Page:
Development of Biohybrid Multistage Nanovaccines for Melanoma

Flavia Fontana, Cristian Capasso, Mohammad-Ali Shahbazi, Dongfei Liu, Manlio Fusciello, Sara Feola, Hongbo Zhang, Ermei Mäkilä, Jarno Salonen, Jouni Tapio Hirvonen, Vincenzo Cerullo, Helder Almeida Santos

Research output: Conference materialsAbstractpeer-review


The treatment of melanoma has been revolutionized by the discovery of immune check-point inhibitors, antibodies that act at the level of the immunological synapsis or at the tumor level.[1] Active immunotherapy involves the reactivation of the patient’s immune system against the tumor.[2] Vaccines against tumor antigens are regarded as a mean to prime the immune system against the tumor cells.[3] Some of the challenges associated with the efficacy of the cancer vaccine are related to the poor adjuvancy of the antigenic peptides.[4] Thereby, newer adjuvants, in the form of particulate (micro or nano) systems, have been investigated.[5] In this context, thermally oxidized porous silicon (TOPSi) nanoparticles (NPs) induce the activation of antigen presenting cells, with a potential function as adjuvants.[6] In order to increase the efficacy of the adjuvant particles, we employed glass capillary microfluidics to encapsulate TOPSi NPs in a polymeric layer composed of acetalated dextran (AcDEX). AcDEX is a biocompatible polymer derived from the modification of dextran, with innate immunostimulative properties. TOPSi@AcDEX particles were able to induce the maturation of antigen presenting cells, as signified by the increased expression of co-stimulatory signals (CD80 and CD86; Figure 1) and by the secretion of pro-inflammatory cytokines (interferon gamma).[7] We added the antigenic component to the system by coating, through a process of membrane extrusion, the NPs with cellular membranes derived from cancer cells of interest, thereby formulating biohybrid nanovaccines.[7, 8] Figure 1. Percentage of CD86+ peripheral blood monocytes after incubation with nanosystems at two different concentrations (100 and 500 µg/mL). The results are presented as mean±s.d. (n=3) and have been analyzed with one-way ANOVA, followed by Bonferroni post-test. The level of significance was set at ***p<0.001. We then evaluated the efficacy of the particles in vivo, in an immunologically relevant murine model (B16.OVA). As shown in Figure 2, the administration of the complete vaccine (NanoCCM) enables a higher control of the growth of established tumors, when compared to the single components (adjuvant nanoparticles or cancer cell membranes). Figure 2. Tumor growth single curves after the administration of a) mock, b) adjuvant component, particles only, c) antigenic component only, cell membranes, and d) the final vaccine formulation, subcutaneously. Furthermore, a synergistic effect between the nanovaccines and checkpoint inhibitors (anti CTLA-4) was also established (Figure 3), with promising results for a future translation of the biohybrid nanovaccines to the clinic, in a personalized medicine optic. Figure 3. Tumor growth curves after treatment with mock, checkpoint inhibitor (aCTLA4) or combination therapy (checkpoint inhibitor and nanovaccines). The results are presented as mean±s.d. (n=6) and were analyzed with two-way ANOVA with Tukey’s multiple comparison correction. The levels of significance were set at **p<0.01 and ****p<0.0001. In conclusion, we developed an innovative biohybrid nanovaccine and investigated its efficacy both in vitro and in vivo. The vaccine controls tumor growth when used in monotherapy and improves the efficacy of the standard of care (treatment with immune checkpoint inhibitor). References [1] J. Larkin, V. Chiarion-Sileni, R. Gonzalez, J. J. Grob, C. L. Cowey, C. D. Lao, D. Schadendorf, R. Dummer, M. Smylie, P. Rutkowski, P. F. Ferrucci, A. Hill, J. Wagstaff, M. S. Carlino, J. B. Haanen, M. Maio, I. Marquez-Rodas, G. A. McArthur, P. A. Ascierto, G. V. Long, M. K. Callahan, M. A. Postow, K. Grossmann, M. Sznol, B. Dreno, L. Bastholt, A. Yang, L. M. Rollin, C. Horak, F. S. Hodi, J. D. Wolchok, N Engl J Med 2015, 373, 23. [2] T. N. Schumacher, R. D. Schreiber, Science 2015, 348, 69. [3] L. H. Butterfield, The BMJ 2015, 350. [4] S. H. van der Burg, R. Arens, F. Ossendorp, T. van Hall, C. J. Melief, Nature Reviews Cancer 2016, 16, 219. [5] D. J. Irvine, M. C. Hanson, K. Rakhra, T. Tokatlian, Chemical reviews 2015, 115, 11109. [6] M. A. Shahbazi, T. D. Fernandez, E. M. Makila, X. Le Guevel, C. Mayorga, M. H. Kaasalainen, J. J. Salonen, J. T. Hirvonen, H. A. Santos, Biomaterials 2014, 35, 9224. [7] F. Fontana, M. A. Shahbazi, D. Liu, H. Zhang, E. Makila, J. Salonen, J. T. Hirvonen, H. A. Santos, Adv Mater 2017, 29. [8] R. H. Fang, C. M. Hu, B. T. Luk, W. Gao, J. A. Copp, Y. Tai, D. E. O'Connor, L. Zhang, Nano Lett 2014, 14, 2181.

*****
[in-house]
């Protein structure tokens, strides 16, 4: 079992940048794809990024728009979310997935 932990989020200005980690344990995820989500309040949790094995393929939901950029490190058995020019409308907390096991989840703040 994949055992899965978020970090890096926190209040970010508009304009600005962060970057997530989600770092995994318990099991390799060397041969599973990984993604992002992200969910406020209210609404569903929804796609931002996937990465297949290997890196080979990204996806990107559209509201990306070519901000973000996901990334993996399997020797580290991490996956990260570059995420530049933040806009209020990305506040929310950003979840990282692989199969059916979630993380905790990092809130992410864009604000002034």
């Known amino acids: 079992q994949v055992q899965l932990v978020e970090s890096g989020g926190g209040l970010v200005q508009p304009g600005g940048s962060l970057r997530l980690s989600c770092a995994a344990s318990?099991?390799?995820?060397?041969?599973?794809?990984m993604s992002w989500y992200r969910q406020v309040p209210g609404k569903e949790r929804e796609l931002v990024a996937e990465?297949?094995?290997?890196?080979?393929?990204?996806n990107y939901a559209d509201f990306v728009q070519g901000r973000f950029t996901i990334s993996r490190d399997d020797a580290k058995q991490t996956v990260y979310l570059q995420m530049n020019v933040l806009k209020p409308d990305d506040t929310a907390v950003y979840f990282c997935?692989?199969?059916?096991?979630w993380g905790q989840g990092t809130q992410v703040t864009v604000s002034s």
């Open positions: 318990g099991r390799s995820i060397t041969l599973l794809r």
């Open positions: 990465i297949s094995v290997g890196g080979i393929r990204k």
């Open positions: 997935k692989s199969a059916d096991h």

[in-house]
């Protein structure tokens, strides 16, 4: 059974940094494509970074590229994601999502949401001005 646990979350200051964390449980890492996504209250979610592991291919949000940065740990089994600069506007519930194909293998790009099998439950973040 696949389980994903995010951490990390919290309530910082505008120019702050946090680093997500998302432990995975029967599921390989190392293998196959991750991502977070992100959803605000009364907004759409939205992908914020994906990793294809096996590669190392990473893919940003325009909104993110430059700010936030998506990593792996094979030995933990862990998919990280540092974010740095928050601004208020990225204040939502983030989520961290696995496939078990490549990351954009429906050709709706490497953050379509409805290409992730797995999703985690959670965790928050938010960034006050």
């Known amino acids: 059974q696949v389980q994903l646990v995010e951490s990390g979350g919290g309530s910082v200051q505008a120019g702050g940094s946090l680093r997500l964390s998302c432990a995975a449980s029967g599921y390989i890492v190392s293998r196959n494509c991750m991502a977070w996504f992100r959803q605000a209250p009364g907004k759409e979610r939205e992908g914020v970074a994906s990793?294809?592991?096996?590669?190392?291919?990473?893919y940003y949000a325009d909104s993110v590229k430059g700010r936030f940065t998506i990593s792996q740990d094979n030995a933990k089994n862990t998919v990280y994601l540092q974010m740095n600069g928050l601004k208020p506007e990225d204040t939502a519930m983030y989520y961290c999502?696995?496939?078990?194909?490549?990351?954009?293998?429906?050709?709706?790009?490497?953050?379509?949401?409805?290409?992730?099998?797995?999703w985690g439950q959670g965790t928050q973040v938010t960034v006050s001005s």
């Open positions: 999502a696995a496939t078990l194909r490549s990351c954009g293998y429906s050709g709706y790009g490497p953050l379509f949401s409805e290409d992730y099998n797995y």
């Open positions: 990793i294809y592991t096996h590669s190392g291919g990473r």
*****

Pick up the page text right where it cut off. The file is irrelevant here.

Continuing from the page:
Original languageEnglish
Publication statusPublished - 2018
MoE publication typeNot Eligible
Event11th European and Global Summit for Clinical Nanomedicine, Targeted Delivery and Precision Medicine: The Building Blocks to Personalized Medicine - Congress Center Basel , Basel, Switzerland
Duration: 2 Sep 20185 Sep 2018


Conference11th European and Global Summit for Clinical Nanomedicine, Targeted Delivery and Precision Medicine
Abbreviated title11th CLINAM 2018
Internet address

Fields of Science

  • 317 Pharmacy
  • Nanotechnology
  • vaccines
  • biohybrid
  • multistage
  • Immunology
  • cancer vaccine

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